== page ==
There is, of course, an overriding constraint on every president in this arena: Presidents are politically accountable for their appointments, and suffer political consequences if they choose un-wisely. As the Supreme Court explained in Freytag v. Commissioner (1991), the Framers deliberately placed the appointments power in the President’s hands alone in order to “ensure that those who wielded it were accountable to political force and the will of the people.” There may be no objective gauge for balancing competing qualities in a nominee, but the American people are expected to weigh in with their own subjective judgment at the next election.

That brings us to the second constitutional hurdle to any attempt to use the anti-nepotism law to block Jared Kushner’s appointment: that the position of Senior Adviser to the President is entirely internal to the White House. The appointee will have virtually no power other than to render advice to the President. Such appointees serve at the pleasure of the President; he hires and fires them at will, and Congress cannot properly insert itself in those decisions, whether before or after appointment.

This highlights an important difference between Mr. Trump’s appointment of Mr. Kushner and previous presidential appointments of close relatives. JFK nominated his brother, Bobby, as Attorney General — and the Senate had a role to play, confirming the nominee. Bill Clinton appointed his wife, Hillary, to lead his healthcare reform effort — and the courts played a part, because her appointment was challenged by industry groups who were to be affected by the Health Care Reform Task Force she chaired.

A White House adviser position is different. Mr. Kushner will be serving in a role that has power only insofar as he has the ear of the President. No individual will be able to claim injury caused by Mr. Kushner’s appointment that is not the result of an intervening decision of the President to adopt his advice. As a result, under Article III’s irreducible constitutional minimum for standing, no plaintiff will be able to maintain a suit challenging the legality of Mr. Kushner’s appointment under the anti-nepotism statute.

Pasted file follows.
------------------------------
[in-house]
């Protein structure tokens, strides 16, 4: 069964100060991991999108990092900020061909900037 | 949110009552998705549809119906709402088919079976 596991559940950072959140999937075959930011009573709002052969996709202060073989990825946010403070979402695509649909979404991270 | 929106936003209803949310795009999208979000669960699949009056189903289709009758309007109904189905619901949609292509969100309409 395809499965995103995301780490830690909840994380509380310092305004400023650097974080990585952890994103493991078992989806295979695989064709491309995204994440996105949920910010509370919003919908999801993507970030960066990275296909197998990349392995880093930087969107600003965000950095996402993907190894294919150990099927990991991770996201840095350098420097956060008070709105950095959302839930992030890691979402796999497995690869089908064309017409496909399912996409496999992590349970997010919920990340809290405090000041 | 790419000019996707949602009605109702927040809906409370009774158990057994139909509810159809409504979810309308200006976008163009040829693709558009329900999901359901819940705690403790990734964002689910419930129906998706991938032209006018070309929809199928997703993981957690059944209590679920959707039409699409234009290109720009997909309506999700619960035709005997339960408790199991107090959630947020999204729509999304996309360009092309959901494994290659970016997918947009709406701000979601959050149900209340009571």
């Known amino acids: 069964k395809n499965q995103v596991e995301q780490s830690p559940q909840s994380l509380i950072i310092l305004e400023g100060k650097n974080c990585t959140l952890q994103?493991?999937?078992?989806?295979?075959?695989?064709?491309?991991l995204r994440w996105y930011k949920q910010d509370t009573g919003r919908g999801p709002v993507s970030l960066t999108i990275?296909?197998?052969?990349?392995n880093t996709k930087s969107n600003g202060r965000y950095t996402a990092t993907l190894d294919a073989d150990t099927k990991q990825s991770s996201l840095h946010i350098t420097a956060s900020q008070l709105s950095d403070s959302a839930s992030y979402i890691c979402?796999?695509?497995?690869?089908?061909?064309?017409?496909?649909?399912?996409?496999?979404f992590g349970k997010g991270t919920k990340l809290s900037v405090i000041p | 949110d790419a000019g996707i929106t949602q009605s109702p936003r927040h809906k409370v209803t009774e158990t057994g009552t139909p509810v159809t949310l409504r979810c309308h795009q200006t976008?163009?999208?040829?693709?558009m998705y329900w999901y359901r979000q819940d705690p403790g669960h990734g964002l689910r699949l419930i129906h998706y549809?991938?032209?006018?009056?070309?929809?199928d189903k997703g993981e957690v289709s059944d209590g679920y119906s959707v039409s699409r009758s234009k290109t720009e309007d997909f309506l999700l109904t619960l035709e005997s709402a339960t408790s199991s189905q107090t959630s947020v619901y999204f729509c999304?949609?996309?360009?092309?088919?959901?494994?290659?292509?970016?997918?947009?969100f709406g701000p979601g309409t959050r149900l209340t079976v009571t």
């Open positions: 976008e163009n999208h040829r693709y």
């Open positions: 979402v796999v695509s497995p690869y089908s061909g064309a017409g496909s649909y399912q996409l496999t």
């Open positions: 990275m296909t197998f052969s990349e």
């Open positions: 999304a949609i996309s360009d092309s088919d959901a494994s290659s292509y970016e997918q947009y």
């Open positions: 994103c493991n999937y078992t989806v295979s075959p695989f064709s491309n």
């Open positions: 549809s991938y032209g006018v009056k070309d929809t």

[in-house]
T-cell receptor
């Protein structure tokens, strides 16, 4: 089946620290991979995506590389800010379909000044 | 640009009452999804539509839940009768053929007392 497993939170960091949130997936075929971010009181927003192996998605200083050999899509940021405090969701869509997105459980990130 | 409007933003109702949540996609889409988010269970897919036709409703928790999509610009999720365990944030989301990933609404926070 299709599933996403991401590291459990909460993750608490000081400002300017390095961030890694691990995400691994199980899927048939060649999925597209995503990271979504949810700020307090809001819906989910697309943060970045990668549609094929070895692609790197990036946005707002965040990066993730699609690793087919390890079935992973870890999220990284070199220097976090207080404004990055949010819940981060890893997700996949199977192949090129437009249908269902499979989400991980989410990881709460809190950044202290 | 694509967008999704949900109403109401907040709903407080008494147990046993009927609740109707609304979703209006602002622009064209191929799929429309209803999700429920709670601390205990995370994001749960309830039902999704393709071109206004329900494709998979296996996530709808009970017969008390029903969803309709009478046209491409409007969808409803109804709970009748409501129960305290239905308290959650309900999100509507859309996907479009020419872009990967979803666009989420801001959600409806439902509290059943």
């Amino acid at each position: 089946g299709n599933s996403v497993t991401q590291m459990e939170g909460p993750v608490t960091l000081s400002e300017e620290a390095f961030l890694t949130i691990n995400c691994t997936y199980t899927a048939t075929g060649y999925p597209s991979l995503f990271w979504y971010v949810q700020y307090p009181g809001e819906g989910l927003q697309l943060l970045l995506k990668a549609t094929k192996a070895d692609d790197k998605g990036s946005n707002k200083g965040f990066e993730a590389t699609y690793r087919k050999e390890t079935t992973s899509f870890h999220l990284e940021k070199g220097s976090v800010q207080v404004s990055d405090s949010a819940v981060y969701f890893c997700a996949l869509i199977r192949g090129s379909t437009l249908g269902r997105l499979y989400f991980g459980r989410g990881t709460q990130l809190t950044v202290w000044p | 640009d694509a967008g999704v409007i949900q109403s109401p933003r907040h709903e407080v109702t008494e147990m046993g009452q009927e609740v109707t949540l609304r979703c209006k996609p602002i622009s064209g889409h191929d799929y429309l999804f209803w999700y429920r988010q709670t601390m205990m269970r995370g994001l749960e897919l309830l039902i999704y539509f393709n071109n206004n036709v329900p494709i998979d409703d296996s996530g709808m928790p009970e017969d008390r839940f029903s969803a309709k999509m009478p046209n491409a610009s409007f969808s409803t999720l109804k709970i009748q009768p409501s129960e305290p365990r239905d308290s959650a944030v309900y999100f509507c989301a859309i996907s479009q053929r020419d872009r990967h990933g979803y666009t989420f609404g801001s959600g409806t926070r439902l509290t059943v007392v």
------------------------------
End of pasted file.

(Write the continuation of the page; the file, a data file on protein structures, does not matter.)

Still, one could say: When nepotism merges with governance, it is not only our meritocratic ethos that takes a hit; the floodgates to actual corruption are opened. There is something that stinks about members of Congress putting their spouses on the House payroll, for example—one of the reported impetuses for the anti-nepotism statute. Can Congress really not prevent the president from doing the same thing—effectively funneling taxpayer dollars into the pockets of a president’s close relatives?

In the case of Kushner, that he will not take a salary inoculates him from the anti-corruption rationale. But on the level of values and ideals, it is a fair point; one could easily imagine a democracy slightly different than ours in which a President were not permitted to appoint his close relatives to government positions.

But that is not our system. Here, the People serve as the sole check on the Executive in this sphere, as the Framers intended. The president chooses advisers wisely or foolishly — whether relatives or not, paid or not, objectively qualified or not — and reaps acclaim or scorn commensurate with that choice. Congress cannot save a president from errors of judgment in appointing officers and advisers, any more than it can take credit for risks that succeed brilliantly. Whether Trump’s appointment of Kushner falls into the former or latter category, only time — and the American people — will tell.

Akiva Shapiro is a constitutional and commercial litigator at Gibson Dunn in New York. He was counsel for amici curiae Members of Congress at the U.S. Supreme Court in Zivotofsky v. Clinton (2012) and Zivotofsky v. Kerry (2015).